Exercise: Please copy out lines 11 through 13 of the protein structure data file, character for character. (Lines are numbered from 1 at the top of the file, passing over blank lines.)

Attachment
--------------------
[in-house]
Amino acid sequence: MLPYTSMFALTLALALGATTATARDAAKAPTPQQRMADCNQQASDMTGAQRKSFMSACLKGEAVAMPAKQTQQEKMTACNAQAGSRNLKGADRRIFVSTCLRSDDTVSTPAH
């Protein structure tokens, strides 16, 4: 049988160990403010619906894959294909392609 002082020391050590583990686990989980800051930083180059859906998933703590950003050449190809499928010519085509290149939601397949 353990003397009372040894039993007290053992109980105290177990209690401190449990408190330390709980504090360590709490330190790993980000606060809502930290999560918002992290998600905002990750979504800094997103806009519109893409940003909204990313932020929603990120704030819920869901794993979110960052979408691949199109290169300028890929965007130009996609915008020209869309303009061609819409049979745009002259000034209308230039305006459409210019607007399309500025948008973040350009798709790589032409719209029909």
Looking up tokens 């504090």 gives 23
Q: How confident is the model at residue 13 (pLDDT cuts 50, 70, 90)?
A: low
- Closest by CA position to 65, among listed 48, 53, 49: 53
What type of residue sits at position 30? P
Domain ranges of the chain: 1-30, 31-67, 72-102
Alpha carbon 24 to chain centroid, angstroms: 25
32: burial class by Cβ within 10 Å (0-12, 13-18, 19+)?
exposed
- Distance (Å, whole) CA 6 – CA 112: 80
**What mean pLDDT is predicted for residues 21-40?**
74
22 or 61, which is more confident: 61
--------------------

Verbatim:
32: burial class by Cβ within 10 Å (0-12, 13-18, 19+)?
exposed
- Distance (Å, whole) CA 6 – CA 112: 80